Applying for child maintenance
What is maintenance
Both parents have an equal duty to contribute towards the maintenance needs of their child. This duty exists whether the parents are married or divorced, or whether the child is adopted, a surrogate or born out of wedlock. A parent has the duty to provide for the reasonable needs of a child, including but not limited to:
- clothing; and
Parents have a duty to contribute to the maintenance needs of a child until the child has reached the age of 18 years and/or is self-supporting, whichever comes first.
Who can claim maintenance
A claim for maintenance can be lodged by a parent or guardian, on behalf of a child who is under the age of 18 years. Where a child is over 18 years of age, the child would need to make an application for maintenance in his/her own capacity, and the onus of proving his/her maintenance needs would rest on the child. If a child is self-supporting, he/she may not claim maintenance.
In instances where a parent has passed away, the child would still be able to lodge a claim for maintenance, but this claim would need to be lodged against the deceased parent’s estate.
In certain circumstances, where neither parent is able to make payment of maintenance, a claim for maintenance may be lodged against either the maternal or paternal grandparents.
How to lodge a claim for maintenance
In order to lodge a claim for maintenance, the person requesting maintenance would need to approach the court, and submit all forms to the maintenance clerk. Information such as proof of monthly income and expenses, and receipts should be submitted with the completed form.
The court would require the following documentation when lodging a claim for maintenance:
- birth certificate of the child/children;
- the applicant’s identity document;
- proof of residence;
- a divorce settlement, if any;
- proof of monthly income and expenses;
- the personal details of the parent required to pay maintenance such as their name, surname, physical and employment address;
- copy of the applicants 3-month bank statement; and
- any other information which the court may find useful.
Process after lodging a claim
Once the application has been reviewed, the applicant would receive a reference number. The maintenance officer would then have the duty of serving a summons on the Respondent (the person who is required to pay maintenance) to appear in court on a specific date to discuss the matter.
Where the parties reach an agreement, the agreement shall be made an order of court, and both parties would be obliged to abide by the court order.
If the parties are unable to reach an agreement regarding the issue of maintenance, then both parties would be required to appear in court (at a date determined by the court) and provide evidence and witness statements.
In this instance, the Magistrate will make the final order for payment of maintenance, and the amount to be paid.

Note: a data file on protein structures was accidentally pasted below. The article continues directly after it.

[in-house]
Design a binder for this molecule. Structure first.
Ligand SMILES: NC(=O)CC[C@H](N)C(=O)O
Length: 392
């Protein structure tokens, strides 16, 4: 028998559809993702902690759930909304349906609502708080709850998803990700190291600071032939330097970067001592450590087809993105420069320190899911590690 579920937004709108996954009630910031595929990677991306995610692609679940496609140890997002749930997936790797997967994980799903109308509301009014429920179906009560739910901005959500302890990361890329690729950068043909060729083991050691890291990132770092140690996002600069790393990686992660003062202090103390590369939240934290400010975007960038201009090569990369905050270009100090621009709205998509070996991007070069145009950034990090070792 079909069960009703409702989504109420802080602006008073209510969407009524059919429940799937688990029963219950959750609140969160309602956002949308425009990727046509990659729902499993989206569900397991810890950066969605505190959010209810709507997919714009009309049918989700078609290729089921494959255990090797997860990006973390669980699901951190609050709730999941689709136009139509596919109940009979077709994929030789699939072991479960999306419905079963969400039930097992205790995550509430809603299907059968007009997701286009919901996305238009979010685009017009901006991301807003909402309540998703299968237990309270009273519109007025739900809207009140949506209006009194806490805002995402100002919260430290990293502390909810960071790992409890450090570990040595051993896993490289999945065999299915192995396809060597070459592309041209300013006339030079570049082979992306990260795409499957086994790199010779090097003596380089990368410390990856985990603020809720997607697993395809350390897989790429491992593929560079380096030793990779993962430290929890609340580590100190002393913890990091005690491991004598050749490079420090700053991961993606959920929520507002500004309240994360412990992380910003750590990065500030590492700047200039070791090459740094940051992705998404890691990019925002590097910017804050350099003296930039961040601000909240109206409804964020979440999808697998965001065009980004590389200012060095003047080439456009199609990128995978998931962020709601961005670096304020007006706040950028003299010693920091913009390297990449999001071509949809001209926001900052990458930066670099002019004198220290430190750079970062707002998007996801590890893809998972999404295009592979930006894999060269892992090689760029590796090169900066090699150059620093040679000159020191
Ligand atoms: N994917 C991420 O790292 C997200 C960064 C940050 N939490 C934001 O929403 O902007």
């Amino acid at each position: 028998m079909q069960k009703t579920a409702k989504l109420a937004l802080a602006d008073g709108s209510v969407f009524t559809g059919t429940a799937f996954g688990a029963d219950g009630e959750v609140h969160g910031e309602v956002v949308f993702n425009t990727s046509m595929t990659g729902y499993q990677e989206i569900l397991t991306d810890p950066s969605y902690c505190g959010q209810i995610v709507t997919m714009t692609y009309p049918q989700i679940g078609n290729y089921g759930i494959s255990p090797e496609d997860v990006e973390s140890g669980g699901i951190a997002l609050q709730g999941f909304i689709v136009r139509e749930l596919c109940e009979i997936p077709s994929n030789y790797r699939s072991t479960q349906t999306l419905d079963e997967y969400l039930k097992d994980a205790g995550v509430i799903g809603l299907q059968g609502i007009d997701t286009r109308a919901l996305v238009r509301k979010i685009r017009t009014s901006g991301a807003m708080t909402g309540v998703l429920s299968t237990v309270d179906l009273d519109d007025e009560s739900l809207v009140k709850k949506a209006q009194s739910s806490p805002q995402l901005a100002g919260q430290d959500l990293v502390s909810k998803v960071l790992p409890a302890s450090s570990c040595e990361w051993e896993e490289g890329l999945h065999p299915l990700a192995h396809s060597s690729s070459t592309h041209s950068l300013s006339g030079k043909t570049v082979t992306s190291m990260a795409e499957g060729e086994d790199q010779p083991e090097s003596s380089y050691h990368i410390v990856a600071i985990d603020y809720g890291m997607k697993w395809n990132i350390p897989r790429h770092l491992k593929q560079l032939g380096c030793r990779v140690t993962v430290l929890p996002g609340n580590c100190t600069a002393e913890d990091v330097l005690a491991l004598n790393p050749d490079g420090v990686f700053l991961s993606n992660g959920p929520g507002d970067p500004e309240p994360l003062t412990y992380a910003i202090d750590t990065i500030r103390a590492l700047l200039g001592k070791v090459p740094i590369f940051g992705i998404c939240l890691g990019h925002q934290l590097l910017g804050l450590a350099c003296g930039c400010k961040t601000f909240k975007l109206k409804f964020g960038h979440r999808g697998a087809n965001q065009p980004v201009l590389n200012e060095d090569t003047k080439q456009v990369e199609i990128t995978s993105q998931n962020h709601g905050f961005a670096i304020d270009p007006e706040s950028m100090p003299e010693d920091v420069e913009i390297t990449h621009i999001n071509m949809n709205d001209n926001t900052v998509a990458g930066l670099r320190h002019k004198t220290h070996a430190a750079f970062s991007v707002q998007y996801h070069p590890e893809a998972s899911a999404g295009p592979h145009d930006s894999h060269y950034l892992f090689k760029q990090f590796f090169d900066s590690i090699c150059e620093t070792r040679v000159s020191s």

Where a party disputes a claim for maintenance, the maintenance application may be defended. This would require the party disputing maintenance to appear at court on the date as determined by the court in its application papers.
A party may dispute maintenance either by themselves, or with the assistance of an attorney. In instances where parties are unable to reach a resolution regarding maintenance of a child, parties would need to prepare evidence to be submitted to court which includes:
- financial statements;
- witness statements; and
- any other information which would assist the court in making its decision.
Thereafter, the court may require both parties to submit their arguments orally. The court would make an order based on the principle of “the best interest of the child” and with regard to the financial circumstances of both parties.
Non-compliance with a maintenance order
If maintenance is not paid, the court can attach the responsible persons salary, as well as their investment accounts, and/or the court may auction their property or issue a warrant of arrest in order to ensure that payment of maintenance is made.
According to the Maintenance Amendment Act 9 of 2015, parents who default on their maintenance order can be held liable in the following ways:
- be blacklisted at credit bureaus;
- be jailed for a period not longer than 3 years;
- be imprisoned with the option of paying a fine;
- have interest added to their maintenance arrears; or
- have their property or salary attached.
Where a party who is liable for maintenance cannot be reached, the court can issue an order to a cellphone service provider to provide the court with their contact details.
It should be noted that non-payment of maintenance, where an order is granted, is a criminal offence.
For more information on assistance or advice with lodging or disputing a claim of Maintenance, contact Rajaram Mvulane Attorneys at email@example.com or on 071 872-8797